Overall 2010 2014 259 3103 100.0% 0.94 1014 2326 43.6% 249 669 37.2% 43.6% 13.6% 11.25 100.0% 8.98 1.25 11.98

The data pretty much speaks for itself here, right? The cumulative Hayward is mainly doing four things with the ball in his hands when in scoring mode: spotting up, running in transition, running the pick and roll, and running around screens. That's what he does the most of. It's not necessarily what he's best at though. When looking at his ability to actually score he's best in transition, off of cuts, and on second chance points. I guess that's the case with most forwards, but with the Jazz he's being put into more and more guard like situations. That's just the gameplan though, and probably not something that can really be fixed.

After all, it's not like we have any plays in our Jazz playbook that involve guys getting the ball on the move to the basket, right? (Deletes 40% of the scoring plays of Karl Malone, Andrei Kirilenko, and Matt Harpring). The big thing here is that he's only getting an estimated 2 attempts per game in transition. This is something that makes sense when your team has Big Al and you never run. I'd like to see this become an increasingly larger number as his career continues.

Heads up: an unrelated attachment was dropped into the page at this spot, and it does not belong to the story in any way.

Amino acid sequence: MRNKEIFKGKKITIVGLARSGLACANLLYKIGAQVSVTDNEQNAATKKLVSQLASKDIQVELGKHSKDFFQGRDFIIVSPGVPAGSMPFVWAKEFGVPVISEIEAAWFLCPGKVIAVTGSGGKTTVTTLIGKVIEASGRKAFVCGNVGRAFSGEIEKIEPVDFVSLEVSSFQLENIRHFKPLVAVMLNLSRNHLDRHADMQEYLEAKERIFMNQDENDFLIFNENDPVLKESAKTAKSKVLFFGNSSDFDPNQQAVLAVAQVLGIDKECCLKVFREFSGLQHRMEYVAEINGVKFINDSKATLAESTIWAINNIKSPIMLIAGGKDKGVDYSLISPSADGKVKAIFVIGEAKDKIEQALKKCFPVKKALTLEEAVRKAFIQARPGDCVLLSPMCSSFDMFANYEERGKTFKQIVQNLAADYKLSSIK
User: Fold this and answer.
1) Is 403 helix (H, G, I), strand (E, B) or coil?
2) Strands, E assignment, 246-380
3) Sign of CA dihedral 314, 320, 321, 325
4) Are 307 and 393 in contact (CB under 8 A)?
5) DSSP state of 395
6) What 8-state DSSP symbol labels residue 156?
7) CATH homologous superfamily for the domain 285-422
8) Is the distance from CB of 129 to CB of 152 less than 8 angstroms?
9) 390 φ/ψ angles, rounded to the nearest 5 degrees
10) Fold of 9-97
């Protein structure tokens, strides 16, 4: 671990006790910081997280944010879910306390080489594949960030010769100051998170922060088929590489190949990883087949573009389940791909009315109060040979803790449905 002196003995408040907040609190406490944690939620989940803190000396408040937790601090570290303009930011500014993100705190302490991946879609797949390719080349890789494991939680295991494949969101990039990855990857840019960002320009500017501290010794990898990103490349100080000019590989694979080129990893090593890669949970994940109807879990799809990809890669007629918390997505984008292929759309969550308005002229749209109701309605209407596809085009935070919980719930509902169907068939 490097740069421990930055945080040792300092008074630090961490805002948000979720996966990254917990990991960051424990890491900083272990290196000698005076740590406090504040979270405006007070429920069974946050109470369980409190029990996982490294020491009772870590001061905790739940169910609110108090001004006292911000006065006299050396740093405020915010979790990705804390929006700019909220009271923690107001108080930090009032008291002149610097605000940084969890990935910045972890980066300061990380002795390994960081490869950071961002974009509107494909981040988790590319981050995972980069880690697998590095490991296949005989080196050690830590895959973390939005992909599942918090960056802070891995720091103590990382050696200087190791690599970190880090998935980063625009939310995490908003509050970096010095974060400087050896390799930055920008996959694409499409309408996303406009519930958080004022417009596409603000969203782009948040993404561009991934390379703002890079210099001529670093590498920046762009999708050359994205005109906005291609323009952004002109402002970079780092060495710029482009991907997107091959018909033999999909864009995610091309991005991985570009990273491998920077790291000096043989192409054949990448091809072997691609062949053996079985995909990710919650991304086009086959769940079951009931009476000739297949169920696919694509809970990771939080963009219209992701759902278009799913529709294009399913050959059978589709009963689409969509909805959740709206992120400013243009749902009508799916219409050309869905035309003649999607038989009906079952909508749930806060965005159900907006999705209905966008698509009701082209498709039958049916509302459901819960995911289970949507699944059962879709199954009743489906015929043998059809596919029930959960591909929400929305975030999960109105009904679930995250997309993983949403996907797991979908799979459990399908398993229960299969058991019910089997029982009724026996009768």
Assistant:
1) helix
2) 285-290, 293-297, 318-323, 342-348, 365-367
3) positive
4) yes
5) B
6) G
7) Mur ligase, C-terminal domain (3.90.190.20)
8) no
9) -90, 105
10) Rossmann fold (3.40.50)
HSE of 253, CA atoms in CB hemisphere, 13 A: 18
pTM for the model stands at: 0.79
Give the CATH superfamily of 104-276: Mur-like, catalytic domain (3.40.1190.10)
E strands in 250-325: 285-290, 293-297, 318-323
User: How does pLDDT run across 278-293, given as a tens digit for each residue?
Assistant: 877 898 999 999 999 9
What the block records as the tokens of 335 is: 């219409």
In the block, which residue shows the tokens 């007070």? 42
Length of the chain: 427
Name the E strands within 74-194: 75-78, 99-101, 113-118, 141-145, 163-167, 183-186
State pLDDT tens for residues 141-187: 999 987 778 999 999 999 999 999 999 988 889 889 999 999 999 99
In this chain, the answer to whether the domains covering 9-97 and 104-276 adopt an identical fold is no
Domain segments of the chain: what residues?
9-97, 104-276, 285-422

By the numbers Hayward holds his own from downtown on spot up jumpers, in transition, and off of dribble hand-offs. Everywhere else he needs to get better.

This data set is what we need to compare the data from just this season against. Which brings us to . . .


The 2013-2014 Gordon Hayward:

This season's Hayward is a lot different. What's different? Well, his role is different. In some of our greatest victories he has been the first option getting his shoot off by himself. He's not getting set up. He's not really spotting up waiting for the ball to rotate back to him. Well, he's not really doing that compared to what we think he used to do by the eyeball test. Right?

Well . . . the cumulative Hayward was (from most used to least used) a: Spot up, Transition, P&R Ball handler, Off Screen, Isolation type of guy. This year he's a P&R Ball handler, Transition, Spot up, Off screen, and Isolation type of game. For the most part he's doing the same thing he normally did. What's different here is the rankings, and of course, the proportions.

Play Season G Pos Play % PPP FGM FGA % 3PTM 3PTA % Score % TO % ePPG Distrib % eFGA ePPS ePosPG
1 P&R Ball Handler 2013 2014 45 211 25.3% 0.72 57 145 39.3% 7 26 26.9% 34.6% 23.2% 3.38 21.0% 3.22 1.05 4.69
2 Transition 2013 2014 45 146 17.5% 1.25 63 108 58.3% 8 20 40.0% 60.3% 8.2% 4.06 25.2% 2.40 1.69 3.24
3 Spot Up 2013 2014 45 135 16.2% 0.81 37 119 31.1% 28 85 32.9% 30.4% 8.1% 2.43 15.1% 2.64 0.92 3.00
4 Off Screen 2013 2014 45 125 15.0% 0.72 36 106 34.0% 0 21 0.0% 35.2% 8.8% 2.00 12.4% 2.36 0.85 2.78
5 Isolation 2013 2014 45 60 7.2% 0.85 22 54 40.7% 2 4 50.0% 43.3% 3.3% 1.13 7.0% 1.20 0.94 1.33
6 Hand Off 2013 2014 45 51 6.1% 1.00 21 40 52.5% 7 13 53.8% 43.1% 19.6% 1.13 7.0% 0.89 1.28 1.13